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This is something that has bugged me for a long time, I believe since I bought my 16C back in the 1980’s. It has to do with the behavior of ISG and DSE. Consider the BASIC loop:

For I = 1 to 4

Next I

This corresponds to setting I to 1.004 (on a 33s and, presumably, 35s) and doing the ISG at the end of the loop. The loop executes exactly 4 times, as you would expect.

Now, consider this BASIC loop:

For I = 4 to 1 step –1

Next I

This corresponds to setting I to 4.000 and doing DSE at the end of the loop. You can’t make it 4.001 (which would be consistent with ISG) else it won’t do the last loop iteration you want.

I think that if DSE had been implemented as “DSL”, then ISG and DSL would be consistent and would work as in BASIC. But since DSL has another meaning these days, oh well.

Am I the only person in the world bothered by this? There are times when I wanted to loop down and have the final loop iteration be index 0, but that is not possible without manipulating the index within the loop, and the whole point of ISG/DSE is to not have to do that, right?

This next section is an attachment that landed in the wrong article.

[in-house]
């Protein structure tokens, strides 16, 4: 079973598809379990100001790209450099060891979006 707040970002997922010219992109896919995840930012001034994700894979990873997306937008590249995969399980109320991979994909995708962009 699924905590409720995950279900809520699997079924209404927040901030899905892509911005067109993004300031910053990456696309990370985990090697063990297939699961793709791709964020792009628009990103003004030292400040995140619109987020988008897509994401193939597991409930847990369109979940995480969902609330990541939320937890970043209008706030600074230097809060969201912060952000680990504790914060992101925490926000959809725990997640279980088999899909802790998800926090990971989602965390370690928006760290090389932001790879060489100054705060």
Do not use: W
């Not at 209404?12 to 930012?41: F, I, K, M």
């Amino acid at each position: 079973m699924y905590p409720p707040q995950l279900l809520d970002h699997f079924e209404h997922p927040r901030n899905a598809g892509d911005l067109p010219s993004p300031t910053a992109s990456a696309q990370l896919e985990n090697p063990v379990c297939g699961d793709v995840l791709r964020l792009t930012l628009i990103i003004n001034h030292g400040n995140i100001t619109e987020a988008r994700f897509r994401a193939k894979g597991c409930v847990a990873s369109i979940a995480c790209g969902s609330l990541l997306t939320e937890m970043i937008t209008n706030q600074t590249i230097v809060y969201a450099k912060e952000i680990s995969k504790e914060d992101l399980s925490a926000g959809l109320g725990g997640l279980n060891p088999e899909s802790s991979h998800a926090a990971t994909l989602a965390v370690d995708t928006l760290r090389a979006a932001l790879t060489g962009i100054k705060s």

DSE evolved from the earlier DSZ, decrement and skip if zero. If the loop counter has no fractional part, then DSE's behavior is consistent with DSZ. ISG was always ISG, I believe. So the inconsistency was built in from the beginning. It doesn't bother me any more than any other primitive programming construct in an RPN calc. I actually enjoy those sort of things. 8)


I think the constructs are derived from assembly language on old minicomputers, not high-level languages like BASIC. Skip on condition code is a common instruction on many older systems. See the PDP-8 for an example.